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UR athletes and coaches learn about the Holocaust

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More than 140 University of Richmond athletes, coaches and staff members attended a special program of tours and talk backs at the Virginia Holocaust Museum on March 7-8.

The visits included the men’s baseball team and men’s and women’s lacrosse teams. Executive Director Samuel Asher and Director of Guest Services Matt Simpson led the approximate one-hour tours and spoke to the groups and answered questions in talk backs. Josh Jeffreys, Jewish chaplain and director of Jewish Life at the university, also took part and spoke at the talk backs each day.

Nate Mulberg, assistant baseball coach and recruiting coordinator, coordinated and arranged for the programs. He has been active in the Jewish community for many years and was an assistant baseball coach for Team Israel during the Tokyo Olympics.

Reflections on the Visit

“It was very eye opening. I learned so much …” said head baseball coach Tracy Woodson, “and I know they (the team) did too. I want to thank the Virginia Holocaust Museum for having us.”

He added, “It was a great experience for us. We have some players who are Jewish … and with everything going on in the world today, this was so important for all. To go through the museum and see and hear what happened was so important. I did not realize some of the (terrible) things that happened.”

“This experience today was huge for me,” said baseball player Harrison Clifton, who is from Richmond.

“I went to the U.S. Holocaust Museum in the 8th grade, and that was a very informative experience. I am glad the coaches asked us to come today. This is an important experience about a (terrible period) that we do not hear enough about, and it’s important that we do not leave behind (the information) after we leave. So often we don’t hear enough about these events that were so awful and other events in history.”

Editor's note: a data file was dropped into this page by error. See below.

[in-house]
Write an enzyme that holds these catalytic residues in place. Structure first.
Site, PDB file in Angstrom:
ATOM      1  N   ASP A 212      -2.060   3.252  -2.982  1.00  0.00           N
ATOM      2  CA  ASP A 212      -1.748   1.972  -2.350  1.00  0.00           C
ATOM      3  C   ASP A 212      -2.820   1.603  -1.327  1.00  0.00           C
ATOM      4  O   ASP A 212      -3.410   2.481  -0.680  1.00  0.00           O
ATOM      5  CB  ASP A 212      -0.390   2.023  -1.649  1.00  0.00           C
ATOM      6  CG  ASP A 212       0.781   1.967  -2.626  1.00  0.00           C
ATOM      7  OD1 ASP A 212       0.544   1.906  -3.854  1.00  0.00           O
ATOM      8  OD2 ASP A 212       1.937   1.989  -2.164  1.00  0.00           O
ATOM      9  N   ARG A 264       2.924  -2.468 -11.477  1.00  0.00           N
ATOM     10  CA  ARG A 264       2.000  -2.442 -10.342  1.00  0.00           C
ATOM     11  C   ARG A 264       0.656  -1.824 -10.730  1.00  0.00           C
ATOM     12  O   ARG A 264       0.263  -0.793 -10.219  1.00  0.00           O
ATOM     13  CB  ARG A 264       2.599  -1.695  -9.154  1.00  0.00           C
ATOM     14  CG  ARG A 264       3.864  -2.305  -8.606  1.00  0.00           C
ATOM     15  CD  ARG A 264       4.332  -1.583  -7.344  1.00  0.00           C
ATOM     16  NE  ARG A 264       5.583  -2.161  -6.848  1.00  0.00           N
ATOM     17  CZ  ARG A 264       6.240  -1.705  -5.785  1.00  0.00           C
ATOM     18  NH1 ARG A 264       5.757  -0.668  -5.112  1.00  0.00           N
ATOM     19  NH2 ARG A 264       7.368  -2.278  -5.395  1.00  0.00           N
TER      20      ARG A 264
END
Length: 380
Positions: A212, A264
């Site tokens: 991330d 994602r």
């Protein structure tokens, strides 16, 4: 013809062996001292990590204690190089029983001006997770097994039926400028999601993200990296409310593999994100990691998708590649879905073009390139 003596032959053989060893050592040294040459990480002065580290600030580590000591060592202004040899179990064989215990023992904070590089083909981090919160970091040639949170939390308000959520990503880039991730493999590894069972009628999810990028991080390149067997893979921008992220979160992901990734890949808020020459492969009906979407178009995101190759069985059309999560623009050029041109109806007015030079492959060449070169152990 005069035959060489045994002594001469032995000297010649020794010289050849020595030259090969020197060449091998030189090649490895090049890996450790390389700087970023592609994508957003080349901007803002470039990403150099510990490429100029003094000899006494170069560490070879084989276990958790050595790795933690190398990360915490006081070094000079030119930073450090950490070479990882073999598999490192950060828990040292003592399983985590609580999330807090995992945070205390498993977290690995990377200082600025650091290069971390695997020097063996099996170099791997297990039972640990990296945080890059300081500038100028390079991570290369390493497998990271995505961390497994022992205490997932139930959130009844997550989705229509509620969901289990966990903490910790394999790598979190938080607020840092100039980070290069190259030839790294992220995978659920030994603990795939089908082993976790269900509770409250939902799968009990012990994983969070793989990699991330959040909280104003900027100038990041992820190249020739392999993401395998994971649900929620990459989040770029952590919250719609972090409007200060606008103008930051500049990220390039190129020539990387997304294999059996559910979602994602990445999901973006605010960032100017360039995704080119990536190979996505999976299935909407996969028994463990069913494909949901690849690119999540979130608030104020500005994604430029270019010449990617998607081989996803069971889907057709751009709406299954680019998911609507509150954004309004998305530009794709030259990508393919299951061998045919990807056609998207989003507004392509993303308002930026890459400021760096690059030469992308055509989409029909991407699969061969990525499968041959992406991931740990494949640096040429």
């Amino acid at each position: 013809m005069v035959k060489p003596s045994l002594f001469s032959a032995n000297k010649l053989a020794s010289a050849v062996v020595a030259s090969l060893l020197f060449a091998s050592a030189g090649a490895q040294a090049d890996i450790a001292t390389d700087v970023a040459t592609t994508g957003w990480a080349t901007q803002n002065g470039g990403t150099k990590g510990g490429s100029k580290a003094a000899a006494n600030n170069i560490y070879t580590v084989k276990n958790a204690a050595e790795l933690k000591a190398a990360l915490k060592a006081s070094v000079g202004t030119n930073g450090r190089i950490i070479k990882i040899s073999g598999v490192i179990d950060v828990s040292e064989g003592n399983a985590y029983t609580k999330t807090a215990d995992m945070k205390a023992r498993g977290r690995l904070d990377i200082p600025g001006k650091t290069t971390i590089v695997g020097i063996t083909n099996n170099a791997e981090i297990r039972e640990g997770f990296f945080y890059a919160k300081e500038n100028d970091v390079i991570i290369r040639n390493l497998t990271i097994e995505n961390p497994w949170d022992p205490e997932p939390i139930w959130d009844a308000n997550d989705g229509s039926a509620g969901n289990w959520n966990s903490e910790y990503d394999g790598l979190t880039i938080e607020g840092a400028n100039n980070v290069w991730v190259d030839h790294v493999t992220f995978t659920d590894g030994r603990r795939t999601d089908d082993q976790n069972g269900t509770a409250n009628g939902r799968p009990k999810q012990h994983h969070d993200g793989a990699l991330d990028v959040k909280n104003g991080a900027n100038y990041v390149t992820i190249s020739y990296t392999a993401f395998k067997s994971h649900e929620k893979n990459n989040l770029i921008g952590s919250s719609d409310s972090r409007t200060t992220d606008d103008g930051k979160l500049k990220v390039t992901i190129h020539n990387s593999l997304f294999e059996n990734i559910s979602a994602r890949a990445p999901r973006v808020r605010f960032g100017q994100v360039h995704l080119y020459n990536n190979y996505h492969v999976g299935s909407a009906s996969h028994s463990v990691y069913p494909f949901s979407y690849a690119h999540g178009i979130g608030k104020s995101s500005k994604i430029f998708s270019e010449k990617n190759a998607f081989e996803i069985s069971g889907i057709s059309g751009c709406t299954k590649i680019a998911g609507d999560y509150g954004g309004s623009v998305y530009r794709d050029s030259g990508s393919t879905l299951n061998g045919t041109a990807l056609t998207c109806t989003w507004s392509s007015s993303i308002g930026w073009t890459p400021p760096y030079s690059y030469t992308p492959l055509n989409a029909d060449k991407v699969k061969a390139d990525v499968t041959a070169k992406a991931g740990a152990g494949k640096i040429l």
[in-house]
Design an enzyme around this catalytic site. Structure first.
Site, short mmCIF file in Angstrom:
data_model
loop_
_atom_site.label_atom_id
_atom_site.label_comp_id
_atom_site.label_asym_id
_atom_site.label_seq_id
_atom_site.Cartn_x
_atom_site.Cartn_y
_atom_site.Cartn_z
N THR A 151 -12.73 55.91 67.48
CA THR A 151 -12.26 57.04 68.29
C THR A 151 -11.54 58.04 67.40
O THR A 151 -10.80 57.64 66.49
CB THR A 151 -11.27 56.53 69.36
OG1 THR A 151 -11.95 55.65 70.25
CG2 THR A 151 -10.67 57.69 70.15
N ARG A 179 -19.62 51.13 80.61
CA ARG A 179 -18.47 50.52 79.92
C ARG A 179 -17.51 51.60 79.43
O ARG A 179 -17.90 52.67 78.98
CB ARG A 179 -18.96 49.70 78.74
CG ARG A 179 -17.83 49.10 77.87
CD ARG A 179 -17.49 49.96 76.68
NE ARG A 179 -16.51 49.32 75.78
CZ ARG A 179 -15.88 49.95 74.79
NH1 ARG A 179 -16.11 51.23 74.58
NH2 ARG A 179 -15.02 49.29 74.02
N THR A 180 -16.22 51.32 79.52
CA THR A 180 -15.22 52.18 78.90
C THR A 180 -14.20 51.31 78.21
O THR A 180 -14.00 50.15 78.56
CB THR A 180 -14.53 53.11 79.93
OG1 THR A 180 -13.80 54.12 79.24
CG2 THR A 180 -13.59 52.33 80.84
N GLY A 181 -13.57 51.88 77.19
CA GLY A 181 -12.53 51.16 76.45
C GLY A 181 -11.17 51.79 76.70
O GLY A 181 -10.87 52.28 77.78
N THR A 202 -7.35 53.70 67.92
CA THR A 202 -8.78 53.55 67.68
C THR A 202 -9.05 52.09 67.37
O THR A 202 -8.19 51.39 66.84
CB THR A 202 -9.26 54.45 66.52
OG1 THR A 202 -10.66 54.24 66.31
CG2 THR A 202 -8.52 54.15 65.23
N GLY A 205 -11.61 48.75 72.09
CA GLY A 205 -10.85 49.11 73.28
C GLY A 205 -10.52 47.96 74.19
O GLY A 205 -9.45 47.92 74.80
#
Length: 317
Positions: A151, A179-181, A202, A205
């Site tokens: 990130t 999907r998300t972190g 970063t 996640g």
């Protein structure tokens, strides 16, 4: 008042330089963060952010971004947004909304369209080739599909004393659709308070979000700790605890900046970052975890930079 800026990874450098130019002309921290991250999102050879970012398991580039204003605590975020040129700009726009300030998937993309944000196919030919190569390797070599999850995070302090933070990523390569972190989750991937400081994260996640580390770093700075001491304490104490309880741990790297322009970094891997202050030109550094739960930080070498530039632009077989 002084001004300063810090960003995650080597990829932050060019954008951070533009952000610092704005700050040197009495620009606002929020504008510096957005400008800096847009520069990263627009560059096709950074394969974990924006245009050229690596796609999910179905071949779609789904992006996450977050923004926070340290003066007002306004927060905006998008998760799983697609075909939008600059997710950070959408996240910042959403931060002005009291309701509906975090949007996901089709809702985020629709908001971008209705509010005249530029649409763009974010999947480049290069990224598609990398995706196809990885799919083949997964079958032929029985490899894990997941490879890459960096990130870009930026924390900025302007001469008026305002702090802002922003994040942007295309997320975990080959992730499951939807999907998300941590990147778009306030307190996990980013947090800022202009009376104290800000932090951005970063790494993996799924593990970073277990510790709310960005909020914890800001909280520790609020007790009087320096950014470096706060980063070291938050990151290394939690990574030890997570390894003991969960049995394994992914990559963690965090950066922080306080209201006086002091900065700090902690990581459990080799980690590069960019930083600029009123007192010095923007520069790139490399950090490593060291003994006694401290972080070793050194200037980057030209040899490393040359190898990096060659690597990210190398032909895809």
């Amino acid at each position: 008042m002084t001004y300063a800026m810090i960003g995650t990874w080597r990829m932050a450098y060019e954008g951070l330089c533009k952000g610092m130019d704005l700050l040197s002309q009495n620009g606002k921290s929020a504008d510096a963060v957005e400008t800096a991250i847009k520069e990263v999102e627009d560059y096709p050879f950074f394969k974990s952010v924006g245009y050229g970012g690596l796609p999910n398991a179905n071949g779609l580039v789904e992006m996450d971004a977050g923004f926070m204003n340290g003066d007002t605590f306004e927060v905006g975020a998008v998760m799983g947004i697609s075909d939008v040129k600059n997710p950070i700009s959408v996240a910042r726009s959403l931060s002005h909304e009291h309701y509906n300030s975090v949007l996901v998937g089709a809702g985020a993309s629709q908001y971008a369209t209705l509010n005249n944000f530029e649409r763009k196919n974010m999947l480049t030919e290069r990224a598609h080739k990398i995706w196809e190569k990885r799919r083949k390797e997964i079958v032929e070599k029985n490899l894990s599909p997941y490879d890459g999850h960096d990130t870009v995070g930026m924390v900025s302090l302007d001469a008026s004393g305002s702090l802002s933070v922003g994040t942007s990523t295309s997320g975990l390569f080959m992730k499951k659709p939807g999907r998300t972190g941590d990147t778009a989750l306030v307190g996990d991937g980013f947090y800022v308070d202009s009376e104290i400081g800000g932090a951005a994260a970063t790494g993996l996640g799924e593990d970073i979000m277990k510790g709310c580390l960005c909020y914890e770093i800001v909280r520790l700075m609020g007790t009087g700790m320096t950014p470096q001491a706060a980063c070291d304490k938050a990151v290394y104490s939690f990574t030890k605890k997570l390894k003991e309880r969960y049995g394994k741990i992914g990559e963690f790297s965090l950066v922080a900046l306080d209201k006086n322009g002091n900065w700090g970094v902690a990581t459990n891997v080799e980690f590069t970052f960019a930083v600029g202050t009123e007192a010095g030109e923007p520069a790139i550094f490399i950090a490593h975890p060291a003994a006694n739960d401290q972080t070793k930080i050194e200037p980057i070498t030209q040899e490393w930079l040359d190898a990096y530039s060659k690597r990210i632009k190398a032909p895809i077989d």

Baseball player Sammy Senders from Potomac, Md., said, “Since I am Jewish, this was very important for me. Also, my grandmother was a partisan fighter in Poland during the Holocaust. Just to learn a little more about that period today, hits a lot closer to home. This was a very real experience for my family. The Holocaust is very important to talk about. My generation must learn more about the Holocaust, so we can teach other generations about this terrible period.  To physically see and touch the actual cobble stones was important for me.”

He continued, “It’s still hard to believe that in the 1940s that these tragic events happened. It’s just a very surreal experience for me. It’s important to be taught and learn about this period.”

A lacrosse player Hannah Vates, from Monmouth County, N.J., offered, “This was so important for me. There is nothing more important than a human life. We learn about the Holocaust, but to come here and see the exhibits is so much more beneficial. My roommate and I have talked about the Holocaust at times. You cannot enjoy coming here, but it is so important.”

Asher noted the athletes were very attentive, respectful and asked some excellent questions.

“I am so pleased to host University of Richmond athletes and welcome other groups,” he added. “It’s very important for many more to learn about the Holocaust. That is why we are here. We need to educate many more.”

The following are additional photos from visits by the UR athletes.

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